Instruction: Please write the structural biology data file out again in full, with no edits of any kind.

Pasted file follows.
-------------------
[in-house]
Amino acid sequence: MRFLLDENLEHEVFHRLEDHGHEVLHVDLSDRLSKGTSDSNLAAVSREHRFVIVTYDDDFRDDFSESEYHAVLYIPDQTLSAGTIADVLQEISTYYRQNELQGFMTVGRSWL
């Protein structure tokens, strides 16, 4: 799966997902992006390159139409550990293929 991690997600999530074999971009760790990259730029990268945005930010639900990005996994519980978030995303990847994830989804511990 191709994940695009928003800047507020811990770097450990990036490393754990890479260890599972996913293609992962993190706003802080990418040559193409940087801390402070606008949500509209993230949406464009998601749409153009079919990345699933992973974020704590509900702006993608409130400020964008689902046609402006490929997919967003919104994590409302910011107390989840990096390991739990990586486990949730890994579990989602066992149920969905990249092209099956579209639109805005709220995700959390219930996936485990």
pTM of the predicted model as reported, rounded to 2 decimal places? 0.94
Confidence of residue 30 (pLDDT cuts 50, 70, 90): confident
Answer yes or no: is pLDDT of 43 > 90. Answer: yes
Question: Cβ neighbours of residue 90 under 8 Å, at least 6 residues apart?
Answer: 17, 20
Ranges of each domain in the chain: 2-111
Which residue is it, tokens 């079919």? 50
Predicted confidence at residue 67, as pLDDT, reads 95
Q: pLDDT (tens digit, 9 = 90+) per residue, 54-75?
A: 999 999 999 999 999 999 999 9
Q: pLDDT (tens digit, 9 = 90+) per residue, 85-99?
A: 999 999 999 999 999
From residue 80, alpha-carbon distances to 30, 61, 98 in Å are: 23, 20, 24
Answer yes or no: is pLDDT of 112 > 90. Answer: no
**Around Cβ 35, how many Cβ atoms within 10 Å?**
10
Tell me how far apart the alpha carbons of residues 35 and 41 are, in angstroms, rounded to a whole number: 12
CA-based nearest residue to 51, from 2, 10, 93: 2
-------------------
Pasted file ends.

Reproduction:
[in-house]
Amino acid sequence: MRFLLDENLEHEVFHRLEDHGHEVLHVDLSDRLSKGTSDSNLAAVSREHRFVIVTYDDDFRDDFSESEYHAVLYIPDQTLSAGTIADVLQEISTYYRQNELQGFMTVGRSWL
């Protein structure tokens, strides 16, 4: 799966997902992006390159139409550990293929 991690997600999530074999971009760790990259730029990268945005930010639900990005996994519980978030995303990847994830989804511990 191709994940695009928003800047507020811990770097450990990036490393754990890479260890599972996913293609992962993190706003802080990418040559193409940087801390402070606008949500509209993230949406464009998601749409153009079919990345699933992973974020704590509900702006993608409130400020964008689902046609402006490929997919967003919104994590409302910011107390989840990096390991739990990586486990949730890994579990989602066992149920969905990249092209099956579209639109805005709220995700959390219930996936485990």
pTM of the predicted model as reported, rounded to 2 decimal places? 0.94
Confidence of residue 30 (pLDDT cuts 50, 70, 90): confident
Answer yes or no: is pLDDT of 43 > 90. Answer: yes
Question: Cβ neighbours of residue 90 under 8 Å, at least 6 residues apart?
Answer: 17, 20
Ranges of each domain in the chain: 2-111
Which residue is it, tokens 């079919």? 50
Predicted confidence at residue 67, as pLDDT, reads 95
Q: pLDDT (tens digit, 9 = 90+) per residue, 54-75?
A: 999 999 999 999 999 999 999 9
Q: pLDDT (tens digit, 9 = 90+) per residue, 85-99?
A: 999 999 999 999 999
From residue 80, alpha-carbon distances to 30, 61, 98 in Å are: 23, 20, 24
Answer yes or no: is pLDDT of 112 > 90. Answer: no
**Around Cβ 35, how many Cβ atoms within 10 Å?**
10
Tell me how far apart the alpha carbons of residues 35 and 41 are, in angstroms, rounded to a whole number: 12
CA-based nearest residue to 51, from 2, 10, 93: 2